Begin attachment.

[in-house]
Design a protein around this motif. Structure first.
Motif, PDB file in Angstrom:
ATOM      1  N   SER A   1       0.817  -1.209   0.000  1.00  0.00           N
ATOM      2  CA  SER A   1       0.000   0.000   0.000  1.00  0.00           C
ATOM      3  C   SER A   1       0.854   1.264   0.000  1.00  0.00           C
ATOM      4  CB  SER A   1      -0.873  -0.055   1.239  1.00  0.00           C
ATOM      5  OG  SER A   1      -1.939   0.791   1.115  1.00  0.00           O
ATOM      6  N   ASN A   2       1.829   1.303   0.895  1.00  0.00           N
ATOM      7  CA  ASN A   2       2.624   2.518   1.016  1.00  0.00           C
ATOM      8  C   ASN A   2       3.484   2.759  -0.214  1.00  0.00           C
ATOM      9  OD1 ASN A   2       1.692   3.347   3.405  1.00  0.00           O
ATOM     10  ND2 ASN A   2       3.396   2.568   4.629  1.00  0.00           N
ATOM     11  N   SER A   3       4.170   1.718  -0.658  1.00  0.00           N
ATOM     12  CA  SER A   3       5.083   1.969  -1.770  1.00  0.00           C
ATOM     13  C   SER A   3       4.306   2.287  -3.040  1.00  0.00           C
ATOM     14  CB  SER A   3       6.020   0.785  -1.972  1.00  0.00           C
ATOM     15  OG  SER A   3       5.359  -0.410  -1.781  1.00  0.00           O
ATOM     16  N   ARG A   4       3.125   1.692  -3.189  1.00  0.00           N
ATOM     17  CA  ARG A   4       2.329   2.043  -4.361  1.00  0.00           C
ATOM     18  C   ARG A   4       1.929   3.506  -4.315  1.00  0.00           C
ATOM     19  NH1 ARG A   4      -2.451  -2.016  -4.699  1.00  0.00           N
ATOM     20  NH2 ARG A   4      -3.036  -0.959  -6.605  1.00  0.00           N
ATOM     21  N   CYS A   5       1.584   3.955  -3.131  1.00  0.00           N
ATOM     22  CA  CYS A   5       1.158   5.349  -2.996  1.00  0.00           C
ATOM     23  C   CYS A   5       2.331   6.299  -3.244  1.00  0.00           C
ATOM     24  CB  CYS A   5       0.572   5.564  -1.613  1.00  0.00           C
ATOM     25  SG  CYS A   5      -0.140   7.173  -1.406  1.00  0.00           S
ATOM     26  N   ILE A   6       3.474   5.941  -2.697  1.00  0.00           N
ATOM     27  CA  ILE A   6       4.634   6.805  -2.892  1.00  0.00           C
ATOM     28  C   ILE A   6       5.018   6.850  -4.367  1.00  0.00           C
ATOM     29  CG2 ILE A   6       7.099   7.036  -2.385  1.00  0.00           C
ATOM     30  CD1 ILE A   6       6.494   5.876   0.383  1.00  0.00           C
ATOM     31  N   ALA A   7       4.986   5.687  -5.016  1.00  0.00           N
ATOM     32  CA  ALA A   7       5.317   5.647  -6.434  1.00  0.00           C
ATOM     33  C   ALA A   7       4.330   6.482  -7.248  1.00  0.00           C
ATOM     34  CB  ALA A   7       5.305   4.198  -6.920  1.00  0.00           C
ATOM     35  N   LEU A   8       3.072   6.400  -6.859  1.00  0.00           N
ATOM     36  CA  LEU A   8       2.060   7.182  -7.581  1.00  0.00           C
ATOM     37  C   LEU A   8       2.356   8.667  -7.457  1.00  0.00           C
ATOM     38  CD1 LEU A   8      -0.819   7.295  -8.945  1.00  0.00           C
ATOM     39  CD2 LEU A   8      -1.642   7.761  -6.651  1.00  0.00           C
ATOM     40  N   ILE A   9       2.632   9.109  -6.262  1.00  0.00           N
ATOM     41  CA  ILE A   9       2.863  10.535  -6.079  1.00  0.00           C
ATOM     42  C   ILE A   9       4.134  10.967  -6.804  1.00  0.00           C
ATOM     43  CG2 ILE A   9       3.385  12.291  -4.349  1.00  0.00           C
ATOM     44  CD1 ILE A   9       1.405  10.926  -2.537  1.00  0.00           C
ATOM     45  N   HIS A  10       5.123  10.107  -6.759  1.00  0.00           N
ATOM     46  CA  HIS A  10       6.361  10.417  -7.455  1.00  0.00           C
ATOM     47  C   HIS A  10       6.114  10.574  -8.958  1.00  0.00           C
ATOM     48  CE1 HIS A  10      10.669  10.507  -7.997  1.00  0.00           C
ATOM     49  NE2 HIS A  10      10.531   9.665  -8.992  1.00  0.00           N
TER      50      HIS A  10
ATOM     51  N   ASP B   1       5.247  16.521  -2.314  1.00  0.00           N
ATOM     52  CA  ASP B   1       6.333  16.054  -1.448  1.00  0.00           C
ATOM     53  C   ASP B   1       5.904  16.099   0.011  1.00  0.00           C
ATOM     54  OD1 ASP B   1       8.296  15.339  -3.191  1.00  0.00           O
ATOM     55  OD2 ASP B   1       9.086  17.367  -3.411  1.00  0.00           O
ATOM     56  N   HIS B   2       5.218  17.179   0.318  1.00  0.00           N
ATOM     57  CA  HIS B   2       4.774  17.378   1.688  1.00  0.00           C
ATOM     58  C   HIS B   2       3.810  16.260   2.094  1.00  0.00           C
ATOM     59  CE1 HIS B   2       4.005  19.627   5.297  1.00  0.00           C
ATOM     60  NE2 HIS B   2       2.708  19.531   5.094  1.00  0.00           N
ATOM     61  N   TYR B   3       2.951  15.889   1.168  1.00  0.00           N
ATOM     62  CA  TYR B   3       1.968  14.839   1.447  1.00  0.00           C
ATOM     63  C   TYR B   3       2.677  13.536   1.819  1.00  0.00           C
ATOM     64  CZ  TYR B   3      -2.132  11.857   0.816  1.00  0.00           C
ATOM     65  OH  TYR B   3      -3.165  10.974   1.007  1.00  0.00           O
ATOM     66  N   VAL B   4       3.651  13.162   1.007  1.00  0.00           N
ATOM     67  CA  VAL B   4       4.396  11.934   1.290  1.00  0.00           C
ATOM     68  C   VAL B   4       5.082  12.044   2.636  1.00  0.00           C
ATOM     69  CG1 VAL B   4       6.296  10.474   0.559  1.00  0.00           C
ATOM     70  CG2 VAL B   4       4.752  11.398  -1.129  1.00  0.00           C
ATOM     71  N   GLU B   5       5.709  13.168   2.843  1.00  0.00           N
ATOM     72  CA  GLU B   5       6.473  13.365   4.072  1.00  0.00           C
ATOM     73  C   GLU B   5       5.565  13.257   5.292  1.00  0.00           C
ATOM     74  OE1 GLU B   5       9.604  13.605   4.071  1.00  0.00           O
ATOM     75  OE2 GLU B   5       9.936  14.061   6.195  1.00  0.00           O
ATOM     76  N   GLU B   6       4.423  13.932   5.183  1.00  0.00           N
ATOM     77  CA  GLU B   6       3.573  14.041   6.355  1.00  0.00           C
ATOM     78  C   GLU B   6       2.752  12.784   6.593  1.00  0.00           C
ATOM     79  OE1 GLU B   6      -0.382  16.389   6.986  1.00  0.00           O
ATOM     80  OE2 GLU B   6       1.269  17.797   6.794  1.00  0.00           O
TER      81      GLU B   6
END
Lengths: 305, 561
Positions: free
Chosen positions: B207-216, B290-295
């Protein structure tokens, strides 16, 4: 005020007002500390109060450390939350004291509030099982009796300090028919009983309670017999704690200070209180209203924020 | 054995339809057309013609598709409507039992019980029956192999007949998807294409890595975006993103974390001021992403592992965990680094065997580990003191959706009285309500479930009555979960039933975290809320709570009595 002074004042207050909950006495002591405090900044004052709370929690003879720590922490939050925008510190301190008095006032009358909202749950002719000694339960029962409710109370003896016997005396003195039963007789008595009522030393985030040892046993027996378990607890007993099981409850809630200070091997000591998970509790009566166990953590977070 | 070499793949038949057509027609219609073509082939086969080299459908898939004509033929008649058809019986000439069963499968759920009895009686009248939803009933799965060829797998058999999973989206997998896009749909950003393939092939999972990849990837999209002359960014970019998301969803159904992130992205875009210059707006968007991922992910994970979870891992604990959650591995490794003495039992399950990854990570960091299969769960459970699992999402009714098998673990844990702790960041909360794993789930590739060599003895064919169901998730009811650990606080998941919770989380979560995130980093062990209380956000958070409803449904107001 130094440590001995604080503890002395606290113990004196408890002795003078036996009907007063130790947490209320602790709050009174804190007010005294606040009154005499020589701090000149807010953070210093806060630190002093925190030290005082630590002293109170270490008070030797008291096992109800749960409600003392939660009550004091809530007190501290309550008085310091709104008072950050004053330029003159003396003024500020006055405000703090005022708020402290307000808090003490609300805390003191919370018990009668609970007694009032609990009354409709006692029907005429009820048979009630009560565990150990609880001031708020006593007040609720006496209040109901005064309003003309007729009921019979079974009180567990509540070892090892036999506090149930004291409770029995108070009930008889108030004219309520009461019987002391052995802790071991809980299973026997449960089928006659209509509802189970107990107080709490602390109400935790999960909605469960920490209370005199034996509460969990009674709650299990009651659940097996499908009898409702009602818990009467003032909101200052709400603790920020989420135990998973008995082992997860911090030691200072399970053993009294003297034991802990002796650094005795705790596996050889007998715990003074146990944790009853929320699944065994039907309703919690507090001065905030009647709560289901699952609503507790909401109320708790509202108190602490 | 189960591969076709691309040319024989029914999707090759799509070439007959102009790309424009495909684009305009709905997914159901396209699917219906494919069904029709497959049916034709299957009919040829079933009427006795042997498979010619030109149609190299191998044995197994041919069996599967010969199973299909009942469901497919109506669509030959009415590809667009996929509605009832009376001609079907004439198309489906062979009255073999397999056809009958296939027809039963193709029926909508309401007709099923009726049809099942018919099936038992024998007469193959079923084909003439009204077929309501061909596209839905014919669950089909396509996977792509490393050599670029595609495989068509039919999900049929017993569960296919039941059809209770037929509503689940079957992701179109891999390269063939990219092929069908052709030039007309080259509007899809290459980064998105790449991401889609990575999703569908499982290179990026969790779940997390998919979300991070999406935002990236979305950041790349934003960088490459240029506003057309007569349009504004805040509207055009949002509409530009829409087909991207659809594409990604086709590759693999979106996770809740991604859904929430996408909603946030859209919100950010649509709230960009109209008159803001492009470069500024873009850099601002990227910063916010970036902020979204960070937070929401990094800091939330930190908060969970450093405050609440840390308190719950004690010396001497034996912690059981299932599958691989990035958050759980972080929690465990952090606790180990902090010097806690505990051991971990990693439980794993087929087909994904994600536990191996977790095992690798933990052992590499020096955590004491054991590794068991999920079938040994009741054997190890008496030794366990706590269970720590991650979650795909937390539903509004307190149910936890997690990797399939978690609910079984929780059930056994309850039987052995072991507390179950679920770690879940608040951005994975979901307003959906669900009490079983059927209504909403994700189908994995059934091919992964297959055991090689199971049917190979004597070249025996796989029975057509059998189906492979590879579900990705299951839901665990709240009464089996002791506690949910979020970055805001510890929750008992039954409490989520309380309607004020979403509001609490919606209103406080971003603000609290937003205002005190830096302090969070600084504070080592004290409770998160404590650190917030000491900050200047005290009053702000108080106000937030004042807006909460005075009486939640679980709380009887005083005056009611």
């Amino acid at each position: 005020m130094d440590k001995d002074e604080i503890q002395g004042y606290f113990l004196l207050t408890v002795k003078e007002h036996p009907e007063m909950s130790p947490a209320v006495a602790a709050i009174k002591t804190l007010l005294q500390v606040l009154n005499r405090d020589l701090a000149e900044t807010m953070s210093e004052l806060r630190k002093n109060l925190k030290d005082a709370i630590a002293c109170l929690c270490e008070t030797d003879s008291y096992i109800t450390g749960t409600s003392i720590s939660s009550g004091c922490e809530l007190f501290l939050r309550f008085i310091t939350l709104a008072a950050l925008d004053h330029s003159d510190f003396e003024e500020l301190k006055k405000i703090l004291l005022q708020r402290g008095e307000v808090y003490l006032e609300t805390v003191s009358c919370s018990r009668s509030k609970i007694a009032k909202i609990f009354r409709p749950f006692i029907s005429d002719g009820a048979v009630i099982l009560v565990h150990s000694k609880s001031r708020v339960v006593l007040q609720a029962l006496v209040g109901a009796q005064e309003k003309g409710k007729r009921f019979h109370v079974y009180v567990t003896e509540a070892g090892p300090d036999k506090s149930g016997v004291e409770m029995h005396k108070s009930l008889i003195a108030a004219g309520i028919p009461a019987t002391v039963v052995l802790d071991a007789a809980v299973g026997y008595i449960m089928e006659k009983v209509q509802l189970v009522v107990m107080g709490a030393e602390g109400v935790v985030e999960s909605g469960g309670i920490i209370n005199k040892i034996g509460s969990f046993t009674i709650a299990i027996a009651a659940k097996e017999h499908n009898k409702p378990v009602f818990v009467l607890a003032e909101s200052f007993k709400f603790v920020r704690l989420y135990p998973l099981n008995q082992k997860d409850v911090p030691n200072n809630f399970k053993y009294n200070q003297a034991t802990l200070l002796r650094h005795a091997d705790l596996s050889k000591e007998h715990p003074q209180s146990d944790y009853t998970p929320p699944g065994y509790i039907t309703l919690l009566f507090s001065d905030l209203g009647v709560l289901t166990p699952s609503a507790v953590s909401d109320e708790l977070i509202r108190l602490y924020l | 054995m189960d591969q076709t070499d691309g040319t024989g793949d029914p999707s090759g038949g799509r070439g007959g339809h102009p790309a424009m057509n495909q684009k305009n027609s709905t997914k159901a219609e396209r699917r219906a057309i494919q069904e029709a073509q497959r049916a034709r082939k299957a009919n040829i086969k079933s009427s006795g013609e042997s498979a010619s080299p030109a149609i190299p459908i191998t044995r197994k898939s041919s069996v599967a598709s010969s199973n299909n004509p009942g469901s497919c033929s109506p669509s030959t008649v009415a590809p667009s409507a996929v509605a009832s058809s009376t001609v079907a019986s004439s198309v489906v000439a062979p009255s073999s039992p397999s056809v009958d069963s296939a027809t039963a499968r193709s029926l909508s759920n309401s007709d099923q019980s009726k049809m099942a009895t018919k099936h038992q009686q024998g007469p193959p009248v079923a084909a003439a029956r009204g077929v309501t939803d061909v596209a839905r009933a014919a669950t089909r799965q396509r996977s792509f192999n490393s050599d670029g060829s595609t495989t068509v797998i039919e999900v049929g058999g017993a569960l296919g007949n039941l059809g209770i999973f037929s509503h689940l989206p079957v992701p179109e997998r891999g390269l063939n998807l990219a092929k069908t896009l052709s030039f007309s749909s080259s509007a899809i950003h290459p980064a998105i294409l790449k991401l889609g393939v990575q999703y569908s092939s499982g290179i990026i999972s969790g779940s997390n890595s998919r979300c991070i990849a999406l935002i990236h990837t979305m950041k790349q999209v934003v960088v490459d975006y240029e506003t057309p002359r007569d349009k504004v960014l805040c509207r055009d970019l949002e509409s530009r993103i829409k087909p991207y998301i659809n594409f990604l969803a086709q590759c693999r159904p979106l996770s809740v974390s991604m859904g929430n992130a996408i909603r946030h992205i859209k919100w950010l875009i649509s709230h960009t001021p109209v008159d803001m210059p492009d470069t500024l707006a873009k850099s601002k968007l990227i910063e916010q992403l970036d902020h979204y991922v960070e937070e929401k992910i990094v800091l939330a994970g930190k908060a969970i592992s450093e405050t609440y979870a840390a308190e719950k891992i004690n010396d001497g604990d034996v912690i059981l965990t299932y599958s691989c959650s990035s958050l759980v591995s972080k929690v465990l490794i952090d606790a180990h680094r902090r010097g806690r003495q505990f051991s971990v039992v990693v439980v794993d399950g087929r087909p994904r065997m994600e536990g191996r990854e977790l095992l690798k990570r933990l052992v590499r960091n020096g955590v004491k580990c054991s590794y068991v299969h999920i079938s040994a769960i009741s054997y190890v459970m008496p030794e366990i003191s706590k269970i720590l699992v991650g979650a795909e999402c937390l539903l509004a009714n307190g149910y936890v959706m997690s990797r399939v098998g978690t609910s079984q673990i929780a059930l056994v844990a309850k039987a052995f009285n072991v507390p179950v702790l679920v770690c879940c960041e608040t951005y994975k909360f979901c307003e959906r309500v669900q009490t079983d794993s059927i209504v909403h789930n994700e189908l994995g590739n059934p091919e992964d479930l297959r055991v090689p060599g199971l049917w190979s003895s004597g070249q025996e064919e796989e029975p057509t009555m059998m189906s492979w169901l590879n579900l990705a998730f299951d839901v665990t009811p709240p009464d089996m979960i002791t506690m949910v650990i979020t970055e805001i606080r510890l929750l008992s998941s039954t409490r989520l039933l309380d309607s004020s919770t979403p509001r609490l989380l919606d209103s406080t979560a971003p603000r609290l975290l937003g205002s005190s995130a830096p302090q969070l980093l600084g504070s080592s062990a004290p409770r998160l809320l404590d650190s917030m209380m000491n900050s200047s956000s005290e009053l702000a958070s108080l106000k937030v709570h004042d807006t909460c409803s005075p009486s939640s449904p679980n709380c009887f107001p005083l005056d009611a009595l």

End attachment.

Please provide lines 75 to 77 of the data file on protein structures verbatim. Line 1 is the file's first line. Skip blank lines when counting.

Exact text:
ATOM     72  CA  GLU B   5       6.473  13.365   4.072  1.00  0.00           C
ATOM     73  C   GLU B   5       5.565  13.257   5.292  1.00  0.00           C
ATOM     74  OE1 GLU B   5       9.604  13.605   4.071  1.00  0.00           O